What is needed to successfully start a new business? Most people think it’s all about the initial idea or the founding team. And while those don’t hurt, few great companies grew simply because of those elements.
There is one attribute, however, that is present in all successful new ventures and the entrepreneurs who launch them: Persistence.
How could it be that one trait has such an outsized impact on success? Let’s think about it.
It breaks down doors.
Back in 2013, I received an email from a young entrepreneur from Nigeria who was creating a business similar to the education technology company I was busy launching, 2U. He was looking to ask me about the business to gain insight and advice for his own venture.
I ignored the email.
He sent another one. When I declined because I was too busy, he emailed again. He kept up his requests, asking four separate times if we could meet. Finally, I gave in.
Ten minutes into our conversation, I knew I wanted to invest in him. The fact that he was undeterred by my attempts to brush him off impressed me. I became a mentor to him and we swapped notes for more than a year about scaling our ed-tech businesses. Later, we co-founded Andela together.
If he had taken “no” for an answer, his career would be in a very different place. From finding a mentor to finding investors, people will always want to tell emerging entrepreneurs “no.” Without persistence, getting a “yes” is impossible.
It demonstrates innovation.
Investors are not looking to invest primarily in a big idea or strategy as much as in the character of the entrepreneur.
Starting a business is a venture into uncertainty. Predicting obstacles the startup will face and what the winning idea or strategy will be from the start is impossible. An investor needs to know whether or not the founding team has the tenacity to stick to its vision through all the ups and downs, and if they will learn from them.
Persistence can lead to innovation and new, successful ideas. If entrepreneurs are too stubborn to give up, they will be forced to learn from their mistakes, adapt and advance in order to succeed.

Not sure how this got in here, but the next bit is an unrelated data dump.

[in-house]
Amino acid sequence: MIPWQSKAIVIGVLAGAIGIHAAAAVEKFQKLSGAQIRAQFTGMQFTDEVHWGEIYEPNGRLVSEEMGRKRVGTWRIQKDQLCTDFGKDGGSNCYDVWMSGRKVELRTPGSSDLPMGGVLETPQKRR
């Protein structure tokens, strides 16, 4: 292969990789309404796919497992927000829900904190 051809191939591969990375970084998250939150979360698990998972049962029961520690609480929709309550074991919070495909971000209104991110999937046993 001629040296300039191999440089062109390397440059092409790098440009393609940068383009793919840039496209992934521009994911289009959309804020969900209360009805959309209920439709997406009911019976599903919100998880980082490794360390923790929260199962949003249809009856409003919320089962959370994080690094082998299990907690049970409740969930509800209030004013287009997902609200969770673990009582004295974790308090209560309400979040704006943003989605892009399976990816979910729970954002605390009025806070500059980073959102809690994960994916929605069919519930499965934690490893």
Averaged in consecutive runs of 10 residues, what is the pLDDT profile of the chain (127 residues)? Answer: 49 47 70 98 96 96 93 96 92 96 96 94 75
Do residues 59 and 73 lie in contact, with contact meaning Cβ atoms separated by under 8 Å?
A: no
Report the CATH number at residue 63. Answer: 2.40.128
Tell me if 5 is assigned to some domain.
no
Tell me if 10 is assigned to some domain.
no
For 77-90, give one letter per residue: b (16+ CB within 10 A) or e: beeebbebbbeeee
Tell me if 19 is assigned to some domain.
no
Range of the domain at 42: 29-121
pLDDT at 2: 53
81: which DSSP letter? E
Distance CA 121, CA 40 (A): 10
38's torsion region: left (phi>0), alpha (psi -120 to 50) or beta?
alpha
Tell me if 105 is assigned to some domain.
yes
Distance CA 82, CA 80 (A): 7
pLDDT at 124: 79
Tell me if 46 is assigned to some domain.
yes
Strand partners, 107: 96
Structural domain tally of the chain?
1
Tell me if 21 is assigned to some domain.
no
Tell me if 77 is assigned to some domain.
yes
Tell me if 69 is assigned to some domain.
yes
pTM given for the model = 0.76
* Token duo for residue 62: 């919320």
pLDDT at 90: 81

Related: 7 Telltale Signs of a Weak Leader
It fuels hard work.
Starting a business may seem impossible at first. But those who win are not just those with the most power or money, but rather those who are willing to work the hardest and care the most. When faced with likely failure, the only ones left are those who care too much to give up.
This conviction was instilled in me by my father, Marty Johnson, who began his nonprofit Isles, Inc. in 1981 with a staff of three and a $10,000 budget. Venture capitalists weren’t interested in pouring money into community development and youth empowerment. But with continued hard word, the organization succeeded.
Today, the nonprofit continues to help build self-reliant families and communities in New Jersey.
Success is the result of continued hard work in the face of what may seem to be incredible obstacles.
It harnesses natural abilities.
Grit, tenacity and resilience are increasingly becoming part of our criteria for talent, and are often valued more than traditional predictors of success like academic performance.
A report published in February 2013 by the U.S. Department of Education named these three qualities as the most critical factors for success in 21st century. Further, a study published in 2007 in the Journal of Personality and Social Psychology found that grit, defined as perseverance and passion, predicted success better than IQ among undergraduates enrolled in Ivy League schools or in a military academy.
Talent and intelligence are not enough. Persistence is needed to focus and develop talents, and continually apply them to reach goals.
How has persistence helped you along your business journey? Let us know in the comments below.